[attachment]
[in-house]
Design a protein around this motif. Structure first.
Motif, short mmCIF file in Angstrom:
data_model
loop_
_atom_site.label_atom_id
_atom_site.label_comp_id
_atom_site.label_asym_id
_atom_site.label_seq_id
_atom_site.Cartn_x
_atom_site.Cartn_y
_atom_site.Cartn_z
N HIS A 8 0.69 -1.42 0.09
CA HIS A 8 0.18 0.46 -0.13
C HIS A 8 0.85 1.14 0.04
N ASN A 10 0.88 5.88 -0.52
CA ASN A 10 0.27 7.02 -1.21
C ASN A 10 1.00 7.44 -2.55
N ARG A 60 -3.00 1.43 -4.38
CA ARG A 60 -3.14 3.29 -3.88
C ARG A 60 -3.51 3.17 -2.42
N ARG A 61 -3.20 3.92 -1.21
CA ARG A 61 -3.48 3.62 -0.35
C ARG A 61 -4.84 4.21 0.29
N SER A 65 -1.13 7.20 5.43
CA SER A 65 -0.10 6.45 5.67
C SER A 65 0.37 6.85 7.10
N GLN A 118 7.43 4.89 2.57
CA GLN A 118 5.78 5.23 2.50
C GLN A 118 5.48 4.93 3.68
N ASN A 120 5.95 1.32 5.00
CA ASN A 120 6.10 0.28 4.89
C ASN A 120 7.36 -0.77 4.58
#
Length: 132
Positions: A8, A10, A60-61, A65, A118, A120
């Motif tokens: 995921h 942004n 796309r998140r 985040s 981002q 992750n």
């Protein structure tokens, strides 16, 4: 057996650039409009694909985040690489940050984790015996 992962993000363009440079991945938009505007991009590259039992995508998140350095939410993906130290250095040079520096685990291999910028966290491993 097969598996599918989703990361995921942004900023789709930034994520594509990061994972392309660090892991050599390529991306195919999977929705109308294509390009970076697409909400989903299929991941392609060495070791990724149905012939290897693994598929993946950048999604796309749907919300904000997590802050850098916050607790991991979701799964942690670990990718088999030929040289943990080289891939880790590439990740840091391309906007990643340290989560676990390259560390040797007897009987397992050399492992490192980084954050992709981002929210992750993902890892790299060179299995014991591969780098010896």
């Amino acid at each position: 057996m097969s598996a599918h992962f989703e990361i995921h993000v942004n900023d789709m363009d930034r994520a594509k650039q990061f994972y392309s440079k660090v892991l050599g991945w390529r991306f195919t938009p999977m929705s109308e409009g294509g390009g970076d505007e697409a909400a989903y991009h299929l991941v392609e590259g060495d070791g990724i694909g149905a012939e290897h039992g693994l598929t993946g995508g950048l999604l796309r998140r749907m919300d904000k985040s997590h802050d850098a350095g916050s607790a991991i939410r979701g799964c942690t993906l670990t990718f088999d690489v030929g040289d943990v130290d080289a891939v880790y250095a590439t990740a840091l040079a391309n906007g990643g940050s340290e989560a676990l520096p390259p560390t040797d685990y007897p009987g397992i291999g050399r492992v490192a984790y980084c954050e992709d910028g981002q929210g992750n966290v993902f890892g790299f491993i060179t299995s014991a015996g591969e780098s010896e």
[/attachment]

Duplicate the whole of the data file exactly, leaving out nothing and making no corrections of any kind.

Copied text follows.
[in-house]
Design a protein around this motif. Structure first.
Motif, short mmCIF file in Angstrom:
data_model
loop_
_atom_site.label_atom_id
_atom_site.label_comp_id
_atom_site.label_asym_id
_atom_site.label_seq_id
_atom_site.Cartn_x
_atom_site.Cartn_y
_atom_site.Cartn_z
N HIS A 8 0.69 -1.42 0.09
CA HIS A 8 0.18 0.46 -0.13
C HIS A 8 0.85 1.14 0.04
N ASN A 10 0.88 5.88 -0.52
CA ASN A 10 0.27 7.02 -1.21
C ASN A 10 1.00 7.44 -2.55
N ARG A 60 -3.00 1.43 -4.38
CA ARG A 60 -3.14 3.29 -3.88
C ARG A 60 -3.51 3.17 -2.42
N ARG A 61 -3.20 3.92 -1.21
CA ARG A 61 -3.48 3.62 -0.35
C ARG A 61 -4.84 4.21 0.29
N SER A 65 -1.13 7.20 5.43
CA SER A 65 -0.10 6.45 5.67
C SER A 65 0.37 6.85 7.10
N GLN A 118 7.43 4.89 2.57
CA GLN A 118 5.78 5.23 2.50
C GLN A 118 5.48 4.93 3.68
N ASN A 120 5.95 1.32 5.00
CA ASN A 120 6.10 0.28 4.89
C ASN A 120 7.36 -0.77 4.58
#
Length: 132
Positions: A8, A10, A60-61, A65, A118, A120
């Motif tokens: 995921h 942004n 796309r998140r 985040s 981002q 992750n």
């Protein structure tokens, strides 16, 4: 057996650039409009694909985040690489940050984790015996 992962993000363009440079991945938009505007991009590259039992995508998140350095939410993906130290250095040079520096685990291999910028966290491993 097969598996599918989703990361995921942004900023789709930034994520594509990061994972392309660090892991050599390529991306195919999977929705109308294509390009970076697409909400989903299929991941392609060495070791990724149905012939290897693994598929993946950048999604796309749907919300904000997590802050850098916050607790991991979701799964942690670990990718088999030929040289943990080289891939880790590439990740840091391309906007990643340290989560676990390259560390040797007897009987397992050399492992490192980084954050992709981002929210992750993902890892790299060179299995014991591969780098010896």
């Amino acid at each position: 057996m097969s598996a599918h992962f989703e990361i995921h993000v942004n900023d789709m363009d930034r994520a594509k650039q990061f994972y392309s440079k660090v892991l050599g991945w390529r991306f195919t938009p999977m929705s109308e409009g294509g390009g970076d505007e697409a909400a989903y991009h299929l991941v392609e590259g060495d070791g990724i694909g149905a012939e290897h039992g693994l598929t993946g995508g950048l999604l796309r998140r749907m919300d904000k985040s997590h802050d850098a350095g916050s607790a991991i939410r979701g799964c942690t993906l670990t990718f088999d690489v030929g040289d943990v130290d080289a891939v880790y250095a590439t990740a840091l040079a391309n906007g990643g940050s340290e989560a676990l520096p390259p560390t040797d685990y007897p009987g397992i291999g050399r492992v490192a984790y980084c954050e992709d910028g981002q929210g992750n966290v993902f890892g790299f491993i060179t299995s014991a015996g591969e780098s010896e």